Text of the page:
Papadosio – Friday October 4th – The Ogden Theatre

Papadosio

The Scene: When I walked into the Ogden Theatre last Friday night I must admit I was a little worried. The place was dead. Granted it was only 9:00 but I’ve never seen The Ogden that sparsely populated at show time on a Friday night. I thought that maybe it was the weather as Denver was experiencing its first chilly snap of the season; or maybe it was the fact that a very similar band, Lotus, had rescheduled their Red Rocks show for the same night; or maybe it was that Papadosio had gotten too big for their britches, it seems like every time they have come to Denver they have played a bigger venue. I would soon be proven wrong.

Opener: Yamn. I’ve been seeing Yamn for the past five years but I had not seen them with their new (or at least new to me) keyboard player, Eric Blumenfeld, who just so happened to be having a birthday. Yamn brought a festival vibe to the stage; although their set started out with a floating piano riff, the band soon fell into their synth soaked, highly danceable, kick-ass Rock with guitarist Brian Hamilton shredding every step of the way. The last two songs were a rocking version of The Beatles’ “I Am The Walrus” followed by a dancey, talk box laced swan song featuring Sam Brouse of Papadosio on the electric piano. By this time the dance floor was full and as I descended from the balcony the line for tickets was down the block. Yamn had gotten the folks inside nice and limber, and although they are a headlining act in their own right, they certainly did their job as an opener.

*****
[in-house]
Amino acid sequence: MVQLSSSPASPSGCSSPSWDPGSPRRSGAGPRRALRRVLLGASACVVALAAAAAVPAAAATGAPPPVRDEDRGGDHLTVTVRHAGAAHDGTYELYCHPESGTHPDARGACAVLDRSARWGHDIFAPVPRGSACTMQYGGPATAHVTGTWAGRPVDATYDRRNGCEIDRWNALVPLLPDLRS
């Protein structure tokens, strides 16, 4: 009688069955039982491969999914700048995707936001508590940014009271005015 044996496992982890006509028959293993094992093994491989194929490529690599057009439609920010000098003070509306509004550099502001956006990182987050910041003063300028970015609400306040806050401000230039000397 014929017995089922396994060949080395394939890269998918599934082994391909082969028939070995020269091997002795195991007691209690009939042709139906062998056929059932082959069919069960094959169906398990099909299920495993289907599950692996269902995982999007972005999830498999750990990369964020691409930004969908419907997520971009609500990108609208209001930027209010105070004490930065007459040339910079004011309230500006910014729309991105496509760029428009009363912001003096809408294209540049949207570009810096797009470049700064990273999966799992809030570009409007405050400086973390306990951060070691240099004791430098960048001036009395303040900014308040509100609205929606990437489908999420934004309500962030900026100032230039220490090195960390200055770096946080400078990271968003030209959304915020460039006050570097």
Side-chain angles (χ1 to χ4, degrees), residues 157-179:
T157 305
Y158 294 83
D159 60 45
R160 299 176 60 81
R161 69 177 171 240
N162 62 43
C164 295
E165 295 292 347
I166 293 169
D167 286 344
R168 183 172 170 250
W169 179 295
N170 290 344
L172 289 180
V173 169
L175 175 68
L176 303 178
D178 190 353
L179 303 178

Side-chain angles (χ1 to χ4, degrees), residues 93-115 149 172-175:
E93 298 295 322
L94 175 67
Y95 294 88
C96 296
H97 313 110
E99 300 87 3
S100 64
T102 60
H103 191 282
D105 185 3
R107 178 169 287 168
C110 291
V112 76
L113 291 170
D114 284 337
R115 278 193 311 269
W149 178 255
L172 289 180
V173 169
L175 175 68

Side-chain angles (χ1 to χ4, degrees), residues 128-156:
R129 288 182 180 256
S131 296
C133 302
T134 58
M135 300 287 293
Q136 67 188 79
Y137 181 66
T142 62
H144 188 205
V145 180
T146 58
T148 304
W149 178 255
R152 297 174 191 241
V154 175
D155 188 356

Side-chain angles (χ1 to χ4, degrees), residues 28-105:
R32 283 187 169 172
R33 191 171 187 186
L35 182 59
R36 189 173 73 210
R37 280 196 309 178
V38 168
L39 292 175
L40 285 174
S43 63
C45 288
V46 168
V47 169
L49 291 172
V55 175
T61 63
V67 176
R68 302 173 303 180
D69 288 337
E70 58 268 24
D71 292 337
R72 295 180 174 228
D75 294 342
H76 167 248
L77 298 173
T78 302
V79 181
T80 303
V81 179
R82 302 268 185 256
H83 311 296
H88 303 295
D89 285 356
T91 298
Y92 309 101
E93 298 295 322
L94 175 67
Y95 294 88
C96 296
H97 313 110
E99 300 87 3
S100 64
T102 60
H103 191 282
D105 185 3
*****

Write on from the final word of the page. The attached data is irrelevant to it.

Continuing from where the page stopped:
As the place began to fill up we were treated to a DJ set from Papadosio’s guitarist Anthony Thogmartin who goes by the name of EarthCry. His down tempo, arpeggiated Tribal Trance, although fairly mellow, kept the energy buzzing. Thogmartin’s set was pretty long for a tweener and he graciously thanked the crowd before seguing into his last few numbers, bringing out Papadosio’s stunning visual show, which really got the crowd’s attention. With anticipation built, Thogmartin thanked the crowd once more and walked off stage to rally the troops, and we prepared for the auditory and ocular treat that is Papadosio.

Papadosio: The band came out to a fervor of claps, whoops, and whistles—they are well loved here in Colorado—and got right down to it with the hippy-trippy “Garden.” The song eased into itself with a steady groove and funky bass line from drummer Mike Healy and bassist Rob McConnell. Thogmartin then added a layer of shimmering guitar with electro bells and whistles provided by the Gemini keyboard attack of brothers Sam and Billy Brouse. “Garden” speaks of a place that is utterly beyond, where you are “a stranger to yourself.” I echo Thogmartin’s sentiment in that “I would like to know a little more.” It is a mystical song. “Garden” faded into the infinitely optimistic “Taking Turns” showcasing Thogmartin’s mastery of tasty guitar riffs in just the right place. The song lives up to its name as the band journeys through different musical phases, some rocking hard, some mellow, that each seem to feature a different member of the band.